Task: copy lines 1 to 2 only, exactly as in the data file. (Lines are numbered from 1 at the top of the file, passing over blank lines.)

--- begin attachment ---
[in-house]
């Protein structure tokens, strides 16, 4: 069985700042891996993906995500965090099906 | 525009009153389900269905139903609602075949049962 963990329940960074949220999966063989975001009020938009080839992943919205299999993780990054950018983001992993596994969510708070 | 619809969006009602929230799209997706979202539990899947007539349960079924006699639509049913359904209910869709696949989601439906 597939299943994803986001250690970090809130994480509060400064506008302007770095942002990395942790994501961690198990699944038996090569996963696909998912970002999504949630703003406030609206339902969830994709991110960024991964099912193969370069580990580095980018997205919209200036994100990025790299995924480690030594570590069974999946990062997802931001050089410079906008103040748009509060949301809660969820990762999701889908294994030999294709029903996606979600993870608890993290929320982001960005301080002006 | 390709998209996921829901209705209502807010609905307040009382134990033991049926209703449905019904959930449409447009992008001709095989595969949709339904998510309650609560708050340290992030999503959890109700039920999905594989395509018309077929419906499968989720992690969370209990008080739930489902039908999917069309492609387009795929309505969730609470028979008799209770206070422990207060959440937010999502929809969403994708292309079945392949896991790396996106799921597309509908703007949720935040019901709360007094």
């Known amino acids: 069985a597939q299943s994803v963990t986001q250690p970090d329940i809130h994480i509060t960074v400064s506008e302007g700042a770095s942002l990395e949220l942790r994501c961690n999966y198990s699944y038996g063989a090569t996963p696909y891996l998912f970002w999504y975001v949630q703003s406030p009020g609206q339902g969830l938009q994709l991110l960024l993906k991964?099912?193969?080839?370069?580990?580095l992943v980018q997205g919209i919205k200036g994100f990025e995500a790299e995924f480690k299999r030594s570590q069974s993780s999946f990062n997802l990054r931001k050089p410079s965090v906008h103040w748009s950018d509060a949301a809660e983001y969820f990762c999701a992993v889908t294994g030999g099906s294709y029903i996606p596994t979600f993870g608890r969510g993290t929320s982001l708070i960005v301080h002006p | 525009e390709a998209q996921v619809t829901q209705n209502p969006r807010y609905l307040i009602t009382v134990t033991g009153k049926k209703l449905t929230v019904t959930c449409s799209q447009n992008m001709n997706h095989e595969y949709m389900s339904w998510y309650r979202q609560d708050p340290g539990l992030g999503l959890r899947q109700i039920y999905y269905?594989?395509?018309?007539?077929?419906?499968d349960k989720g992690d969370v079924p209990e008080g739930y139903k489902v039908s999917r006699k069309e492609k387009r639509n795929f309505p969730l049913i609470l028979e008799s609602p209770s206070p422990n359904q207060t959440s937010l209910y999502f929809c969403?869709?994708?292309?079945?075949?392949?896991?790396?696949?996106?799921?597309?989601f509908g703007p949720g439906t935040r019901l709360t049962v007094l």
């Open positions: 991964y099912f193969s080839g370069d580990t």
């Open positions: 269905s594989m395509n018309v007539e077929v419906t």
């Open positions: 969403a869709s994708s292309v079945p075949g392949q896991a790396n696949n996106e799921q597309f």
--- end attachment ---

[in-house]
């Protein structure tokens, strides 16, 4: 069985700042891996993906995500965090099906 | 525009009153389900269905139903609602075949049962 963990329940960074949220999966063989975001009020938009080839992943919205299999993780990054950018983001992993596994969510708070 | 619809969006009602929230799209997706979202539990899947007539349960079924006699639509049913359904209910869709696949989601439906 597939299943994803986001250690970090809130994480509060400064506008302007770095942002990395942790994501961690198990699944038996090569996963696909998912970002999504949630703003406030609206339902969830994709991110960024991964099912193969370069580990580095980018997205919209200036994100990025790299995924480690030594570590069974999946990062997802931001050089410079906008103040748009509060949301809660969820990762999701889908294994030999294709029903996606979600993870608890993290929320982001960005301080002006 | 390709998209996921829901209705209502807010609905307040009382134990033991049926209703449905019904959930449409447009992008001709095989595969949709339904998510309650609560708050340290992030999503959890109700039920999905594989395509018309077929419906499968989720992690969370209990008080739930489902039908999917069309492609387009795929309505969730609470028979008799209770206070422990207060959440937010999502929809969403994708292309079945392949896991790396996106799921597309509908703007949720935040019901709360007094």